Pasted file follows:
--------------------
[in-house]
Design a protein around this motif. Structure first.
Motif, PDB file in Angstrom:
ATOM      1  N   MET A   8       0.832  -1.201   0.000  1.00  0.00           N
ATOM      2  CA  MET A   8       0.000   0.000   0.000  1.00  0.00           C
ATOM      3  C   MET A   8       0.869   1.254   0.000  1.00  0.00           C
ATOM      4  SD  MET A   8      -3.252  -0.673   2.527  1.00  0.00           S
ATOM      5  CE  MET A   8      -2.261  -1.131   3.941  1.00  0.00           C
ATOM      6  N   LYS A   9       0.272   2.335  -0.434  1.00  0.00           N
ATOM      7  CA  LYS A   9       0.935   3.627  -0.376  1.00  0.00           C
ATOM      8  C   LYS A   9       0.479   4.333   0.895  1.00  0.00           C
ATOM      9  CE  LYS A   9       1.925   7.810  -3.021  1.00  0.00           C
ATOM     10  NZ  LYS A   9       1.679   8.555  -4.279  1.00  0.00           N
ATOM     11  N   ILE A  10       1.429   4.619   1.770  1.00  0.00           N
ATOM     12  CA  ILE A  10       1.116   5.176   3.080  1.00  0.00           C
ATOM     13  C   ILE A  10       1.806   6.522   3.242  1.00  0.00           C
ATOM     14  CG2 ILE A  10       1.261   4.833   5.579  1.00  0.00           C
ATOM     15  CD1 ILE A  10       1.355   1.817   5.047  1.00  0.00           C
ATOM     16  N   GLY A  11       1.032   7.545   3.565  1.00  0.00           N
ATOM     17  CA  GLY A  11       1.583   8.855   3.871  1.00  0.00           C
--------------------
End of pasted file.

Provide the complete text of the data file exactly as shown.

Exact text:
[in-house]
Design a protein around this motif. Structure first.
Motif, PDB file in Angstrom:
ATOM      1  N   MET A   8       0.832  -1.201   0.000  1.00  0.00           N
ATOM      2  CA  MET A   8       0.000   0.000   0.000  1.00  0.00           C
ATOM      3  C   MET A   8       0.869   1.254   0.000  1.00  0.00           C
ATOM      4  SD  MET A   8      -3.252  -0.673   2.527  1.00  0.00           S
ATOM      5  CE  MET A   8      -2.261  -1.131   3.941  1.00  0.00           C
ATOM      6  N   LYS A   9       0.272   2.335  -0.434  1.00  0.00           N
ATOM      7  CA  LYS A   9       0.935   3.627  -0.376  1.00  0.00           C
ATOM      8  C   LYS A   9       0.479   4.333   0.895  1.00  0.00           C
ATOM      9  CE  LYS A   9       1.925   7.810  -3.021  1.00  0.00           C
ATOM     10  NZ  LYS A   9       1.679   8.555  -4.279  1.00  0.00           N
ATOM     11  N   ILE A  10       1.429   4.619   1.770  1.00  0.00           N
ATOM     12  CA  ILE A  10       1.116   5.176   3.080  1.00  0.00           C
ATOM     13  C   ILE A  10       1.806   6.522   3.242  1.00  0.00           C
ATOM     14  CG2 ILE A  10       1.261   4.833   5.579  1.00  0.00           C
ATOM     15  CD1 ILE A  10       1.355   1.817   5.047  1.00  0.00           C
ATOM     16  N   GLY A  11       1.032   7.545   3.565  1.00  0.00           N
ATOM     17  CA  GLY A  11       1.583   8.855   3.871  1.00  0.00           C